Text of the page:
Nelson should bid Winnie goodbye

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The Independent Online
A few weeks after becoming president Nelson Mandela was asked how he justified appointing his estranged wife, Winnie, as deputy minister of arts and culture. She was, after all, a convicted criminal, guilty of kidnapping and assault. Was it not the mission of his government to sweep South Africa with a new moral broom? One should understand Mrs Mandela's appointment, the South African president replied, "from the point of view of the government of national unity, which has all sorts of people whose hands are dripping with blood".

With stunning candour Mr Mandela laid bare the harsh secret behind South Africa's peaceful transition to democracy. The miracle worked because he sacrificed long-standing principle on the altar of political pragmatism; to suspend majority rule until the end of the century by including Inkatha and the National Party in his cabinet; to dilute the power of the ANC, which won more than 60 per cent of the national vote, in the interest of stability. He extended the same logic to his wife, a bejewelled populist thought to command a devoted following among the poor and the radical youth. No one really knows just how widespread her support is, and therefore how dangerous her isolation from the political mainstream might be. So Mr Mandela played safe and brought her into the government. Grandly, he overlooked the infidelity that prompted the marital separation and the charges that she had misused ANC funds.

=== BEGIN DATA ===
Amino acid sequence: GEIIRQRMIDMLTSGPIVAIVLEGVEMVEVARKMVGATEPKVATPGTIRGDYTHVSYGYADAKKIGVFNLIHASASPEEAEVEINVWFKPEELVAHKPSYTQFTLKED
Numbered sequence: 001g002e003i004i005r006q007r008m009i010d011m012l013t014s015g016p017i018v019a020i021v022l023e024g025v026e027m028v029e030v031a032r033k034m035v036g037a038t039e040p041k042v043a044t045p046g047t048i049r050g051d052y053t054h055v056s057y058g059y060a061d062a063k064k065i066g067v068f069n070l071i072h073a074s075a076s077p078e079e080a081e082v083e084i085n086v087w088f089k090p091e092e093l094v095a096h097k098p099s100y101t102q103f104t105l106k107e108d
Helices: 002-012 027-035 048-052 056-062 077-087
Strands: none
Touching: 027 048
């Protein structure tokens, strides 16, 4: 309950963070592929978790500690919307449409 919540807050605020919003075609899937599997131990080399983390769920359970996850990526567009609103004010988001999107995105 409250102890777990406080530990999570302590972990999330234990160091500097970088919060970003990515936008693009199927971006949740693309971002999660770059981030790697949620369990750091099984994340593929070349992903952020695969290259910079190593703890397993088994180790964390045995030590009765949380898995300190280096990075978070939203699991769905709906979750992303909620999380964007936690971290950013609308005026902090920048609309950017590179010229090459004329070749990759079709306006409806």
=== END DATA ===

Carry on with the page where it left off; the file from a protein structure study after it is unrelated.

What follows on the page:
Since the new government took over in May, Mr Mandela has remained consistently uncritical of the erstwhile "mother of the nation" - even though she has allegedly spent more government money on personal bodyguards than the rest of the cabinet put together; even though she allegedly accepted a gift of a luxury Cape Town home from a white friend who happened to be a convicted diamond smuggler; even though she has yet to explain why she was sued for non-payment two months ago by a charter flight company she had hired to fetch diamonds from Angola.

Last week she added disloyalty and ingratitude to her list of misdeeds. She accused the ANC government she herself serves of failing to abolish racism and to address the economic imbalances left behind by apartheid. While Mr Mandela privately fumed, the ANC Women's League took public action. Eleven senior members of the league resigned on Saturday in protest at what they described as the organisation's bad, undemocratic leadership. The word in South Africa yesterday was that Mr Mandela, acting behind the scenes, had dispatched his deputy president, Thabo Mbeki, to tell Mrs Mandela either to retract her statements critical of the government or resign.

Mr Mandela is wrong to give her that choice: she is a dangerous woman who has exploited her association with one of the world's noblest political leaders. He should expel her from his government and bring to bear the full weight of his authority to extinguish her political career. Winnie Mandela deserves no power in the new South African state.

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